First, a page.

The original framers of computer security grappled with how to ensure that data and systems had proper controls. In the 1980s, for example, the US government developed a framework called the Orange Book, which pioneered the use of security requirements to measure how well this control deployment was done. Several ideas that originated with this early work continue to guide many of our operating principles today, including how employees are expected to make security decisions.
Mandatory and discretionary controls
Two types of security controls can be deployed to any computing environment. The first involves mandatory controls, which do not rely on users to make decisions. Mandatory controls are instead configured by security teams and IT administrators.
The second type involves discretionary controls, which provide leeway in how or even whether they are used. Such controls do rely on the judgment and decision-making of users for security. Sharing files, for example, is often implemented without much mandatory control on how access is managed, whether encryption is used, or what types of data are included. If a user makes a bad decision, then this can have a negative impact.
Administering mandatory controls
Despite the fact that mandatory controls do not allow users to make decisions, their set-up and administration does require good judgment from administrators. As such, the humans involved in the design, implementation, and operation of these controls must also make good decisions for policy enforcement. The ability to influence these decision-makers is thus a key requirement for the correct implementation of mandatory controls.
This is a profound issue for cybersecurity, because it underscores the fact that such a significant portion of any given control’s effectiveness truly depends on good decisions and choices by individual humans. This risk is usually attributed to normal users, but it should be obvious that system and security administrators who possess the highest levels of privileged access will have an even greater impact on cyber risk profiles.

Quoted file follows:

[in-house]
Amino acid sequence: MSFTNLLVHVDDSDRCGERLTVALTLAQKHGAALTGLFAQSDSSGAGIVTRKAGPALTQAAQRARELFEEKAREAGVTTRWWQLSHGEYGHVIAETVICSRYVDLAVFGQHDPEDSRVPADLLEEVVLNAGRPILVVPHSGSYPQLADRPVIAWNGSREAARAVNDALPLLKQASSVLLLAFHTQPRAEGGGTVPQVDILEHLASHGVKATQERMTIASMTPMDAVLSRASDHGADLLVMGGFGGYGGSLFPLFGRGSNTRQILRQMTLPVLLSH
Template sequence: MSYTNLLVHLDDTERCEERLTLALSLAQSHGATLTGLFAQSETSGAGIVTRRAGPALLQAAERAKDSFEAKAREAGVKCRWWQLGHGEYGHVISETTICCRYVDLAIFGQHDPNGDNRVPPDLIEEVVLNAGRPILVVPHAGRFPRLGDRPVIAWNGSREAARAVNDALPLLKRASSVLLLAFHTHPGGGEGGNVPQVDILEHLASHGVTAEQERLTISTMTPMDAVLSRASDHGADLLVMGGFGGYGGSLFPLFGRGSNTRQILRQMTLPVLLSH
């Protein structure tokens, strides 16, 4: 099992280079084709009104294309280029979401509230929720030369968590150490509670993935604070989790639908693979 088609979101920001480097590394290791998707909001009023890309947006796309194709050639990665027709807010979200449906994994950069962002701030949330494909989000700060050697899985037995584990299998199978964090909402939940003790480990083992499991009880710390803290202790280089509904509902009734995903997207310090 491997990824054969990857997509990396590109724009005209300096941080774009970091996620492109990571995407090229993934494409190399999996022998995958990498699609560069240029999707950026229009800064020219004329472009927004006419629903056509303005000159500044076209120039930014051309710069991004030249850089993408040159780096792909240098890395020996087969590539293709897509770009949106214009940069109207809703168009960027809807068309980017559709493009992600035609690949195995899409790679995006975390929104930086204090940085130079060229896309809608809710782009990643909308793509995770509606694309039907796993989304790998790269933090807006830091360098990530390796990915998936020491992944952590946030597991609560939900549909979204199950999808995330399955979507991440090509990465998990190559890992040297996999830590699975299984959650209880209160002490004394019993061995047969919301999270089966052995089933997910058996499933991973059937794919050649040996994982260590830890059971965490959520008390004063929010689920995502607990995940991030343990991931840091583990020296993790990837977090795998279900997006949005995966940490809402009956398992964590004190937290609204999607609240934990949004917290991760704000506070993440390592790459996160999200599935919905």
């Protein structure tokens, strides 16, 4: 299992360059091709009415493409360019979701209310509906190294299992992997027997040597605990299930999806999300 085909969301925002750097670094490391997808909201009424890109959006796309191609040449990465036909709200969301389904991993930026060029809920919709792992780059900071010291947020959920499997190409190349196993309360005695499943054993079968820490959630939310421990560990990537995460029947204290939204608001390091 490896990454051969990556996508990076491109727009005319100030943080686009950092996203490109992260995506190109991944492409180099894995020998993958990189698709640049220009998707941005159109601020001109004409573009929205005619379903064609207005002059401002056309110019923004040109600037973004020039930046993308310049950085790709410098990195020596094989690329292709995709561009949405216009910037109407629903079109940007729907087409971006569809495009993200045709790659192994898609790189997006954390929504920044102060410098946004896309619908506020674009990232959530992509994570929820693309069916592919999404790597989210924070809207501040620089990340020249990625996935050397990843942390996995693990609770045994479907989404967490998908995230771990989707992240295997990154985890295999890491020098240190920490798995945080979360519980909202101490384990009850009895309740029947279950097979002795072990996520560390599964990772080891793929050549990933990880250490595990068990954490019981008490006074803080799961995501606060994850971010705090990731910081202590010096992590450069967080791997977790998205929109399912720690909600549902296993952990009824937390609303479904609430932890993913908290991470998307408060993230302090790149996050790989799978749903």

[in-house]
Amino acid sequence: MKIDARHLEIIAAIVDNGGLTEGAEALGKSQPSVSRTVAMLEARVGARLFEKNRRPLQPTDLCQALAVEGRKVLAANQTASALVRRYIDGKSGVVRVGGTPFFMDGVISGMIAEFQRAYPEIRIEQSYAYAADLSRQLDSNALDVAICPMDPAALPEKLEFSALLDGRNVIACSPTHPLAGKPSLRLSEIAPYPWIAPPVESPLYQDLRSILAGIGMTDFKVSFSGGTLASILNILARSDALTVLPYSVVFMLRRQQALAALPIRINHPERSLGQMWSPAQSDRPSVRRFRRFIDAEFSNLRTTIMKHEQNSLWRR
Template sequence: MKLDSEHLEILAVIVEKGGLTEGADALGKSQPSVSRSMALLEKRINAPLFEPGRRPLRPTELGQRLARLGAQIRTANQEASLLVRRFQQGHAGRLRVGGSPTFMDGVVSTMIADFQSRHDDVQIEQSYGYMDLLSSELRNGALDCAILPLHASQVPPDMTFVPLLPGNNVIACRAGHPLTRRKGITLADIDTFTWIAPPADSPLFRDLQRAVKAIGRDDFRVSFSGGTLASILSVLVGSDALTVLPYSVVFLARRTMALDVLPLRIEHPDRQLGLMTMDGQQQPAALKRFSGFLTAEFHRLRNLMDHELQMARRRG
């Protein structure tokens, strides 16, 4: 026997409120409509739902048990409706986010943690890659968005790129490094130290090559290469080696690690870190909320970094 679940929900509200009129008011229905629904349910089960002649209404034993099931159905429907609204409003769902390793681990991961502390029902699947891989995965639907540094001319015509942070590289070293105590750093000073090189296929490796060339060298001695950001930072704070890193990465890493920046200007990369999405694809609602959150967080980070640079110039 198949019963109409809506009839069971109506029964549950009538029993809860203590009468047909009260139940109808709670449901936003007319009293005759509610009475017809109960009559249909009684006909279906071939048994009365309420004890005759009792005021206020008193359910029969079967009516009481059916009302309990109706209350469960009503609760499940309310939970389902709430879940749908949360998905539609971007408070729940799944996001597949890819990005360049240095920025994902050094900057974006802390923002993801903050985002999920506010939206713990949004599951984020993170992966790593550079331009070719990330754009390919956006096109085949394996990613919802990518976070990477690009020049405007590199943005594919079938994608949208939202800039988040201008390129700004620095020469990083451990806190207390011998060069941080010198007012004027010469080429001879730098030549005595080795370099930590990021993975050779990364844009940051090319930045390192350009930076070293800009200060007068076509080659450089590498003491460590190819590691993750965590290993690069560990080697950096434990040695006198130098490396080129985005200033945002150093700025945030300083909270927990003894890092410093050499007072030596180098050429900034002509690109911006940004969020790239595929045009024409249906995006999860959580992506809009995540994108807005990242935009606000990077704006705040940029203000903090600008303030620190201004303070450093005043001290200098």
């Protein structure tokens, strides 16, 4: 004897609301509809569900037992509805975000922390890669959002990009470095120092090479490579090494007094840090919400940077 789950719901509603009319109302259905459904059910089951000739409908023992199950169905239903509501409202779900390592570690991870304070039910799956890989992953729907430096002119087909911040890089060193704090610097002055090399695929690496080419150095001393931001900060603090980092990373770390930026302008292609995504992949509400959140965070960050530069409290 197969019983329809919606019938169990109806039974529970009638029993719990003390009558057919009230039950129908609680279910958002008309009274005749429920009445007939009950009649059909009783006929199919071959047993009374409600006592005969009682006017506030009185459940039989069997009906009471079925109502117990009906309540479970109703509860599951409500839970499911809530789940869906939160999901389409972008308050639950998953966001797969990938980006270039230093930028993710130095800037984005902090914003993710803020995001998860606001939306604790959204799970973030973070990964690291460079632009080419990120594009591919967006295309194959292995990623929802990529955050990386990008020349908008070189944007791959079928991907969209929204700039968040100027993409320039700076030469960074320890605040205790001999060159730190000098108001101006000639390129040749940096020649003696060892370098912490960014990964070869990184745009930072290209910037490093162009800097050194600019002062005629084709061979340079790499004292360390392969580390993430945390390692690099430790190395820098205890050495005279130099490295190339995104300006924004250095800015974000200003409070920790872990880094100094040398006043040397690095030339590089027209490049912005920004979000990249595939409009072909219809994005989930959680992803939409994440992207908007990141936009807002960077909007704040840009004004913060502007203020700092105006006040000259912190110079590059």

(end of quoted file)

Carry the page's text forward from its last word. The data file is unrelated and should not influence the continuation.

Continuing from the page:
Implementing discretionary controls
The use of discretionary controls obviously demands that assistance or support be provided to guide and influence good judgment and decision-making by users, and two options are available. The familiar option is to provide extensive training and awareness for employees in the form of videos, courses, and other artifacts. This approach should be well-known to anyone who works in a company—and it is a recommended practice in every environment.
The second option involves the use of technology to guide user decision-making. When technology is used, the platform can tailor the training and guidance to the situation. Developers, for example, should be nudged to make one type of security decision related to their work (e.g., DevOps, CI/CD pipelines) whereas business manager might be trained to make another type of decision, related to their type of work (e.g., budget planning, finance).
The interplay between mandatory controls set up by administrators and discretionary controls that are managed by individual users (as depicted in Figure 1) is thus the underlying playing field for security teams to drive better decision-making. As one would expect, the use of technology platforms to govern the rules of this playing field has many advantages, including the ability to scale across a large enterprise environment.